Curious about Whole Foods Plant-Based Eating?

Image by M4rtine from Pixabay

One of my early introductions to whole foods plant-based (WFPB) eating was through a documentary on Netflix entitled Forks and Knives. The film, created by Brian Wendell and first released in 2011, explores the premise of food as medicine and suggests that by changing our nutrition, it can be a powerful way to live longer, help the environment, and reduce the risk of getting sick.

The documentary follows the personal journeys of Dr. T. Colin Campbell, a nutritional biochemist from Cornell University, and Dr. Caldwell Esselstyn, a former top surgeon at the world-renowned Cleveland Clinic.  

Dr. Campbell at the T. Colin Campbell Centre for Nutrition describes WFPB eating as eliminating the “diet” label and thinking of it more as a “lifestyle” choice. He further suggests that is not about eating restrictive and complicated meal plans, deprivation, binging and guilt but simply a “return to whole foods, rich flavors, and natural health.”

What can I eat?

In a nutshell: whole (minimally processed), unrefined, plant-based foods:

In abundance

  • Fruit
  • Vegetables
  • Tubers and starchy vegetables
  • Whole grains
  • Legumes
  • Greens
  • Omega 3 rich seeds
  • Spices

In Moderation:

  • whole nuts
  • seeds (except omega 3 sources)
  • coconut and avocado
  • dried fruit
  • natural sweeteners
  • tempeh and tofu
  • whole grain flours and breads
  • plant-based milks

Avoid or Minimize:

  • meat, poultry and seafood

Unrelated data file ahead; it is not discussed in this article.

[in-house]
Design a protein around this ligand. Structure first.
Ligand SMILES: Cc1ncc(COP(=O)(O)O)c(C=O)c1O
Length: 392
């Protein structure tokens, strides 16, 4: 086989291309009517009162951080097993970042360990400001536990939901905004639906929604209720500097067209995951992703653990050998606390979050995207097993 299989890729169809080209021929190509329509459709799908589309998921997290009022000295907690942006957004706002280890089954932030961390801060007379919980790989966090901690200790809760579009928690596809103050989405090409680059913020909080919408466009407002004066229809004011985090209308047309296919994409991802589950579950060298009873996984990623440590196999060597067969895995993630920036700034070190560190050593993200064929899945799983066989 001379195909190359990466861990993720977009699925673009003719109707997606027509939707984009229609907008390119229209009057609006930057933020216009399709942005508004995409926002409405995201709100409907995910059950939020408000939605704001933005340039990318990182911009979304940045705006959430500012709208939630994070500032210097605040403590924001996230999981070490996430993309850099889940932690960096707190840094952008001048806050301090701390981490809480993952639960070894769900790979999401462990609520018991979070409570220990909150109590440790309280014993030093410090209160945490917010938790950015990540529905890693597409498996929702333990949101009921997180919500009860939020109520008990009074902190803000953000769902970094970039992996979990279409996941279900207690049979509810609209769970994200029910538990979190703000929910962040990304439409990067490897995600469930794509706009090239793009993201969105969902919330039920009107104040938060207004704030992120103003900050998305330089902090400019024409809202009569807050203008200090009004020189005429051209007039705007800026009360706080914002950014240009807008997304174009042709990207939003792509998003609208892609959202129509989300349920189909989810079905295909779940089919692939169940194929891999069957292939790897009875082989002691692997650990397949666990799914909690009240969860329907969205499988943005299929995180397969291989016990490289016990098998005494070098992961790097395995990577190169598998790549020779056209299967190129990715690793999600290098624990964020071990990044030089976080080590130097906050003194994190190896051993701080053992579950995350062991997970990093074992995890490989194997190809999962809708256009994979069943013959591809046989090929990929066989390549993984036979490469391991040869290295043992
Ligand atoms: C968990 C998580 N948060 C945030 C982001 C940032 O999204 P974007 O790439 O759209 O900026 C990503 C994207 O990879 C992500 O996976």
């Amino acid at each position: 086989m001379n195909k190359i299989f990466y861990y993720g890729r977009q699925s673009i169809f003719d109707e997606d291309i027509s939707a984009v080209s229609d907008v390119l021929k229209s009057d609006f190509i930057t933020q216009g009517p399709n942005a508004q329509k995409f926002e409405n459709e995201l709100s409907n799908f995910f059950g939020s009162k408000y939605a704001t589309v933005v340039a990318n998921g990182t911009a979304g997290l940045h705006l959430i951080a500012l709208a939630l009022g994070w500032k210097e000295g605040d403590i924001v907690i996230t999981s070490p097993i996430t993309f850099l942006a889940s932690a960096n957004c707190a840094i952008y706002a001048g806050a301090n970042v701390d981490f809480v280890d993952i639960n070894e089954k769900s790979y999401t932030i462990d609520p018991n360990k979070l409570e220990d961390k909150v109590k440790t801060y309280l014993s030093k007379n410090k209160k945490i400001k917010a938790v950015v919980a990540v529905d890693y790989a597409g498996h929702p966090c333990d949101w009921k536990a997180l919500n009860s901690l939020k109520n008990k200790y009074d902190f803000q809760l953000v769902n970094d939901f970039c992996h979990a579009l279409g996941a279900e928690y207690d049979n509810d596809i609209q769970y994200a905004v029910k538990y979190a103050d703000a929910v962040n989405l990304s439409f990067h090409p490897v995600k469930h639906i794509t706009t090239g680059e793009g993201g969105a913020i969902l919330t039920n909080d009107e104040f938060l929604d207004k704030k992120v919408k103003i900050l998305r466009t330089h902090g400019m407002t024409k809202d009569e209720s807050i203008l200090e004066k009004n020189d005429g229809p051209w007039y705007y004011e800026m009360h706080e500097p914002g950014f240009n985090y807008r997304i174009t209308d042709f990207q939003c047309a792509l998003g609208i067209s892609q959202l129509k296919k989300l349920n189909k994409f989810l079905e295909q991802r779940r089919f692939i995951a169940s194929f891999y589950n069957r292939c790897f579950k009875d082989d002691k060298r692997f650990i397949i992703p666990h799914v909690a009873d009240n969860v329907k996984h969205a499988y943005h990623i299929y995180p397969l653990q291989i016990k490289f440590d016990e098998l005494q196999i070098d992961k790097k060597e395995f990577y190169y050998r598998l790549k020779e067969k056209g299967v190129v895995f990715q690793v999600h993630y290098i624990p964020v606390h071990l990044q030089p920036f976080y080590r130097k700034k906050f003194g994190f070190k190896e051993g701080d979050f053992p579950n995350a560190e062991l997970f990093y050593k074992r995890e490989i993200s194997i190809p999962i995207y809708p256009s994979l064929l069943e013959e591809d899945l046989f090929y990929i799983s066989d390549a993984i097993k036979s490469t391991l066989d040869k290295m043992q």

• dairy products
  • eggs
  • refined sweeteners
  • refined grains
  • refined sugars
  • bleached flours and white bread, pasta and rice

What are the benefits?

The proposed benefits of this type of WFPB lifestyle can be significant and may include:

  • Weight management: reduces need to count calories since plant based foods tend to contain mostly fiber and water creating a feeling of fullness while consuming few calories
  • Disease prevention: may lower the risk of some cancers and prevent, halt, or even reverse chronic diseases, including heart disease and type 2 diabetes
  • Lighter environmental footprint: reduces stress on the environment

Will I need Supplements?

The main essential nutrient missing from a WFPB diet is B12.  Although this can be found in some fortified foods such as plant-based milks, the best source is a B12 supplement.

What is the difference between a WFPB Diet and a Vegan Diet?

The main difference between a WFPB and a vegan diet is that a vegan diet avoids all forms of animal products or exploitation, however, it is not necessarily a diet that focuses on whole plant foods. It may include refined and processed foods whereas WFPB eliminates or minimizes these as well as animal products.

How do I get Started?

If contemplating a WFPB lifestyle, check out Dr. T. Colin Campbell’s  Three-Day Meal Plan for some ideas on what your meals might look like!

To access these sites and more, please see

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